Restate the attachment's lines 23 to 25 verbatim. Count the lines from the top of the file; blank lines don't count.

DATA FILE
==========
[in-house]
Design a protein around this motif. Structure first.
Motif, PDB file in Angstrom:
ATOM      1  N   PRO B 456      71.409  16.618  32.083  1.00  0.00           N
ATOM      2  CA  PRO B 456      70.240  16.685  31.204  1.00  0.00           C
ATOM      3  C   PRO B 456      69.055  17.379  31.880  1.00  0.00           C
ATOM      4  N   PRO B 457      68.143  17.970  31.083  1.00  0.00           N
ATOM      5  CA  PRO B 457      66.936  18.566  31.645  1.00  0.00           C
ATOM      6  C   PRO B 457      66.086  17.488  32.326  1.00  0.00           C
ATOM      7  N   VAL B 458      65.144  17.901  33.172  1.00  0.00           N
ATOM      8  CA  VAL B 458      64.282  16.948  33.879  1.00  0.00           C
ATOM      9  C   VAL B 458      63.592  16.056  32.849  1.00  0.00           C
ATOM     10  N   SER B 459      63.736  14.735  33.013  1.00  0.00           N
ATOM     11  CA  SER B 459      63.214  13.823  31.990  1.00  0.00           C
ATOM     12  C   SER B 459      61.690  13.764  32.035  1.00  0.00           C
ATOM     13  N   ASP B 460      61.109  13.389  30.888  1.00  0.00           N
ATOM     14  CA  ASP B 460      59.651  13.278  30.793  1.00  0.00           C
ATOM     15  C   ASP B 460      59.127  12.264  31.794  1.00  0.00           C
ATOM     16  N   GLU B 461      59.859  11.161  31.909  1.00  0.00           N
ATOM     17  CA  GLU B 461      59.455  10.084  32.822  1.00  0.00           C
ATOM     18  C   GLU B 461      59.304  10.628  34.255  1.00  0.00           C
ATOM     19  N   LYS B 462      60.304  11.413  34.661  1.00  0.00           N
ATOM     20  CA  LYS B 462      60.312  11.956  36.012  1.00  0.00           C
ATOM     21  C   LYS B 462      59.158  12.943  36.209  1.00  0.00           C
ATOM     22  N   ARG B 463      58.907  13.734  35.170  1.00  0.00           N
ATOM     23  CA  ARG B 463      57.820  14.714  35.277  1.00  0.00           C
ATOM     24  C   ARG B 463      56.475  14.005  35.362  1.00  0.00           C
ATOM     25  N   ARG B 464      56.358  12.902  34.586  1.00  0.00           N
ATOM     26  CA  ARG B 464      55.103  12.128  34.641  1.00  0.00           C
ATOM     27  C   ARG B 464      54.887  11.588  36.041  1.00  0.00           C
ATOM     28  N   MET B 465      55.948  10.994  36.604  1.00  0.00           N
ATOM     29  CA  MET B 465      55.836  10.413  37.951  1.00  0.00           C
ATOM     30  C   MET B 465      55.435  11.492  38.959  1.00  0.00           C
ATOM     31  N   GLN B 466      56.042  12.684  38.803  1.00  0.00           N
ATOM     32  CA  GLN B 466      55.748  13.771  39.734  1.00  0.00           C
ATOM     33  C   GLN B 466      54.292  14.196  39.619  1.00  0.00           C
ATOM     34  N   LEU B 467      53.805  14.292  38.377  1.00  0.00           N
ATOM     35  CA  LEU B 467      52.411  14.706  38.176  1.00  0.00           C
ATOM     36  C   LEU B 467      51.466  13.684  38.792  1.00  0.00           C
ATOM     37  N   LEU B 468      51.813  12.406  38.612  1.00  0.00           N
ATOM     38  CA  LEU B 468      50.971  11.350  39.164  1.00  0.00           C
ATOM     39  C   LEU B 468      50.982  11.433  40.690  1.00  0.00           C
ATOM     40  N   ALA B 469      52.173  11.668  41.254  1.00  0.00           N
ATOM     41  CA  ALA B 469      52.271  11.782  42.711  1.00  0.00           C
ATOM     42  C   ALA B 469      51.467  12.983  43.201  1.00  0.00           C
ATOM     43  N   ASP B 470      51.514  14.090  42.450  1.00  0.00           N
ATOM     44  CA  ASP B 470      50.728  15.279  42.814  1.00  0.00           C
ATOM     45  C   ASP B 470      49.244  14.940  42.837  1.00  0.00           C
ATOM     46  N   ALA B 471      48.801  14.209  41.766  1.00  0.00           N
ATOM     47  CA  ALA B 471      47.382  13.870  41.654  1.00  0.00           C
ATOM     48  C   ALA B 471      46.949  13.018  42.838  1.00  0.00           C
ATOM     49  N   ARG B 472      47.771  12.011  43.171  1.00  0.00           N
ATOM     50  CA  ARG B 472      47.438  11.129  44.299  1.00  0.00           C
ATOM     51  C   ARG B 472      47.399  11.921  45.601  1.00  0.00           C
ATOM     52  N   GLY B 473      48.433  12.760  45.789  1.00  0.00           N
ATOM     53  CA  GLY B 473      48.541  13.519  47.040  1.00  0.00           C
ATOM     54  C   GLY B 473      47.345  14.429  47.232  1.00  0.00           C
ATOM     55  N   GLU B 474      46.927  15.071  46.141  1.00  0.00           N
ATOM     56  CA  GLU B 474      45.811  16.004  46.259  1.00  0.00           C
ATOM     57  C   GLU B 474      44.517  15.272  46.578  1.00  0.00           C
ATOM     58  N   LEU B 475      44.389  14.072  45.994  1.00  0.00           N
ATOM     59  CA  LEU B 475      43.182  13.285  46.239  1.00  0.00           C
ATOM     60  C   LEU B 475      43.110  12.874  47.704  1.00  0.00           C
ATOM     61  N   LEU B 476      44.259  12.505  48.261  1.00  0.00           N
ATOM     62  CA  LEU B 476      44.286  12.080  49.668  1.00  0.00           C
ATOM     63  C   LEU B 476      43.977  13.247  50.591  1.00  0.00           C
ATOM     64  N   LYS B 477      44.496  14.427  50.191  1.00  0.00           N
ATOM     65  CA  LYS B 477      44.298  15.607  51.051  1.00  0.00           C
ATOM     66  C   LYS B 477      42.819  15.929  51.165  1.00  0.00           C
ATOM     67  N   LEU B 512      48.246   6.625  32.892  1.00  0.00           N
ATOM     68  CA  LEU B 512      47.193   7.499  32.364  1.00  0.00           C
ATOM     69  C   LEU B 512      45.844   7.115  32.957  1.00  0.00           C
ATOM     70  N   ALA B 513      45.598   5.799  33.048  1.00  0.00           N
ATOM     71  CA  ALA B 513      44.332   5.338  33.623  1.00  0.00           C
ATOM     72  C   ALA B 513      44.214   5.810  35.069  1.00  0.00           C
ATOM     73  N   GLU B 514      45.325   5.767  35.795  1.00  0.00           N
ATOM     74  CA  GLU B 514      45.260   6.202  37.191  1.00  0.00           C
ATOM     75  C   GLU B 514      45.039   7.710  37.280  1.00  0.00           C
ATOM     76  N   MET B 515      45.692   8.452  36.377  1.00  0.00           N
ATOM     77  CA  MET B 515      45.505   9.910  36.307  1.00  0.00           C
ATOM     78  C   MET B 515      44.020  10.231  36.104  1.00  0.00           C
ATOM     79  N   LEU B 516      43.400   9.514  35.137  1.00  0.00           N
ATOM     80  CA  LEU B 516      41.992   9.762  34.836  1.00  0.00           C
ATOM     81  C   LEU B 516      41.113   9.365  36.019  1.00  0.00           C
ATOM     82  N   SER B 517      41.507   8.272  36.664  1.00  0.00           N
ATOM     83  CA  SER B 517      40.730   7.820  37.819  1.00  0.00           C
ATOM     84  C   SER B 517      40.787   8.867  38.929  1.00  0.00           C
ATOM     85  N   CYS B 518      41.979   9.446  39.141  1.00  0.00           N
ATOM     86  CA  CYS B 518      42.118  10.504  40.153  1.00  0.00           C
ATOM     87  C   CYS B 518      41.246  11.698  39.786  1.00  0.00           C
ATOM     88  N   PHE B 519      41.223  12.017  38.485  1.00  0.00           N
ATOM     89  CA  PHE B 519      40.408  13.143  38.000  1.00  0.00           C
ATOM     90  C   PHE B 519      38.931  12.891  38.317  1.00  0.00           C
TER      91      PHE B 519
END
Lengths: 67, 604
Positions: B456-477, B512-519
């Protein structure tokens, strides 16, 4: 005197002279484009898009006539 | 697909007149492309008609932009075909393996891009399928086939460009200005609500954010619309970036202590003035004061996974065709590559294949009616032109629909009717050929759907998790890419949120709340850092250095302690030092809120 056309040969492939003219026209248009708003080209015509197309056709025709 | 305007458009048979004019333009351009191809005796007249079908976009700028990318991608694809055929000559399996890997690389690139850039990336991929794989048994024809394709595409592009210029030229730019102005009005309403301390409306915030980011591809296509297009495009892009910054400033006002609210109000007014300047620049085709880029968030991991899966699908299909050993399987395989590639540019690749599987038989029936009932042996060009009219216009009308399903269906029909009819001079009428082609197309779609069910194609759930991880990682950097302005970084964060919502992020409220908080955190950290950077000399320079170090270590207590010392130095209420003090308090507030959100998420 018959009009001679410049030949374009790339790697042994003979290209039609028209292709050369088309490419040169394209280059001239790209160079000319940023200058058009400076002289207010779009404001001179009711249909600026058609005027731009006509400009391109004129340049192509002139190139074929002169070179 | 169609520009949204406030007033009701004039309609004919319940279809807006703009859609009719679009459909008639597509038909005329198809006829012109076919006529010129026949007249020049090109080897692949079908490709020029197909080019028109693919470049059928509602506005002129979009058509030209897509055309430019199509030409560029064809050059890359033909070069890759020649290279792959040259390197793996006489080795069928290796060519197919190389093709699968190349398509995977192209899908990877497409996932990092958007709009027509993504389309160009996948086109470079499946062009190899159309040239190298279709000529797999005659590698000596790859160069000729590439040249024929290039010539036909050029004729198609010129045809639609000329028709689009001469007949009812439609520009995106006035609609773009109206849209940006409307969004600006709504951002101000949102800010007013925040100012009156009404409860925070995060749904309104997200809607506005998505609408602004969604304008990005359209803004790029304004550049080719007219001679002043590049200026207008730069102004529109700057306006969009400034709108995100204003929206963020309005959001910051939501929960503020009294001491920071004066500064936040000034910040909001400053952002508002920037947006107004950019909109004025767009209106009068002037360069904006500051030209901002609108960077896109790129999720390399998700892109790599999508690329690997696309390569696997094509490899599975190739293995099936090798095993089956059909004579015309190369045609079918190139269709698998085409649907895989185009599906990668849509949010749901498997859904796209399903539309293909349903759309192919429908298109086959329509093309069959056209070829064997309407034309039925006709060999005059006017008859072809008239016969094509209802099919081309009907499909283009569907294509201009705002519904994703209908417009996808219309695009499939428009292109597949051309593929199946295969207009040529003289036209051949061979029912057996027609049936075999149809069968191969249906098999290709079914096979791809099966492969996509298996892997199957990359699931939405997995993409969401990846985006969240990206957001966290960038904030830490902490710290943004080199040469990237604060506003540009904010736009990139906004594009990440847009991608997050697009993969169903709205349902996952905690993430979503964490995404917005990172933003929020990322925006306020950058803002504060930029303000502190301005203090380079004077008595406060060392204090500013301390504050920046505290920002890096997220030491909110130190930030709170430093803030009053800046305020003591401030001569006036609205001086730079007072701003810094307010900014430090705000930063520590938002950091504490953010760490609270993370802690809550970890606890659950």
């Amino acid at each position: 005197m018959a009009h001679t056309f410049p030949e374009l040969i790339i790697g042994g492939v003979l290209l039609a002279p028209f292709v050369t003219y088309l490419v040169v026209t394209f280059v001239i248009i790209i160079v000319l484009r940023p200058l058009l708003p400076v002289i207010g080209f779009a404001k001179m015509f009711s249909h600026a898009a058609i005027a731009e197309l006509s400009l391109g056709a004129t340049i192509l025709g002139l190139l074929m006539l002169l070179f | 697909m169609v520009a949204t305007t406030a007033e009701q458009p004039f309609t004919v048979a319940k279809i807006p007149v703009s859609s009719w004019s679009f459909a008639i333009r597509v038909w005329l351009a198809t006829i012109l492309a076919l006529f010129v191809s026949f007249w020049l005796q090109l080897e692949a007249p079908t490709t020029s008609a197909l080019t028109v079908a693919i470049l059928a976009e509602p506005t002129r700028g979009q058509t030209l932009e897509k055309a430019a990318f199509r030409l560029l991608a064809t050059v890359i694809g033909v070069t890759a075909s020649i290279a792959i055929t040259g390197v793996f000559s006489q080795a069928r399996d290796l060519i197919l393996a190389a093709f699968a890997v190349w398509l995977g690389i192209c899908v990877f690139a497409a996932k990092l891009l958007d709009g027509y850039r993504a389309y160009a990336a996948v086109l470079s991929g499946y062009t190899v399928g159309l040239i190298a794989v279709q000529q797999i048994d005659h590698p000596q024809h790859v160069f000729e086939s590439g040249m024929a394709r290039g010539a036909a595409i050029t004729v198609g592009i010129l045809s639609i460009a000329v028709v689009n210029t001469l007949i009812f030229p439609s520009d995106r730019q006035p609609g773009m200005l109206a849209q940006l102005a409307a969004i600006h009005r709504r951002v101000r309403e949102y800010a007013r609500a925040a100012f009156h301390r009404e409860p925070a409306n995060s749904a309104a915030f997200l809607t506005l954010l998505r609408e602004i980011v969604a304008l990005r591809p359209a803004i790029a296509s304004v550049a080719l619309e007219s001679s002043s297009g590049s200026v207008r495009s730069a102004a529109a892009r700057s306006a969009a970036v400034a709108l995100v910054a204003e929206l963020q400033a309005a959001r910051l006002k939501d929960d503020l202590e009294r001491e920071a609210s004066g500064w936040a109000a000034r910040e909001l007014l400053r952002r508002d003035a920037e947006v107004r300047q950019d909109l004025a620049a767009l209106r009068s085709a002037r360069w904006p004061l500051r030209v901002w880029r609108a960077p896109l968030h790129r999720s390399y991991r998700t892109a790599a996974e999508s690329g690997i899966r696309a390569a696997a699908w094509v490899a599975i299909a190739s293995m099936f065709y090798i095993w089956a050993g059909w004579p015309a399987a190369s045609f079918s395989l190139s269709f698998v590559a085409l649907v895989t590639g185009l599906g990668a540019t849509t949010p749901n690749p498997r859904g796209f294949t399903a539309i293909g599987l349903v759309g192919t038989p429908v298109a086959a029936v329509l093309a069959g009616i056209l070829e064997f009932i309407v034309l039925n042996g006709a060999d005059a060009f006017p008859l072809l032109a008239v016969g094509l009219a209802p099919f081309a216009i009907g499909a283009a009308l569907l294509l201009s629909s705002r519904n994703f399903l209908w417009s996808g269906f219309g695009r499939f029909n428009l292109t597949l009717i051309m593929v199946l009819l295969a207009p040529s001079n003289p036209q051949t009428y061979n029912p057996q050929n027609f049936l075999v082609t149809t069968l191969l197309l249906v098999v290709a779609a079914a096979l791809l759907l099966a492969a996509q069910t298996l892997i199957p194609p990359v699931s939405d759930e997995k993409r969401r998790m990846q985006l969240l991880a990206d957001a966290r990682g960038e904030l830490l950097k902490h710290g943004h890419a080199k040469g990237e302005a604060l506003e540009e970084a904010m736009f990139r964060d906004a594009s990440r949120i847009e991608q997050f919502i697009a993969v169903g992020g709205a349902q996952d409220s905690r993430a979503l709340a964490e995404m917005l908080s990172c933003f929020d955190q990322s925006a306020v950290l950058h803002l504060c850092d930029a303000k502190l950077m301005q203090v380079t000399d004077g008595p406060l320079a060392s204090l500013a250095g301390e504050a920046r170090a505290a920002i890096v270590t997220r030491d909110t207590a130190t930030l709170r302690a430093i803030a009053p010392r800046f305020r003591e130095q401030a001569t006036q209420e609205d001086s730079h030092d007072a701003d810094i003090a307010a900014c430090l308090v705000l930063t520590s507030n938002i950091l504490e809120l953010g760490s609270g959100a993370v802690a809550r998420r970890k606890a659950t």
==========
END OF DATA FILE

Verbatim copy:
ATOM     20  CA  LYS B 462      60.312  11.956  36.012  1.00  0.00           C
ATOM     21  C   LYS B 462      59.158  12.943  36.209  1.00  0.00           C
ATOM     22  N   ARG B 463      58.907  13.734  35.170  1.00  0.00           N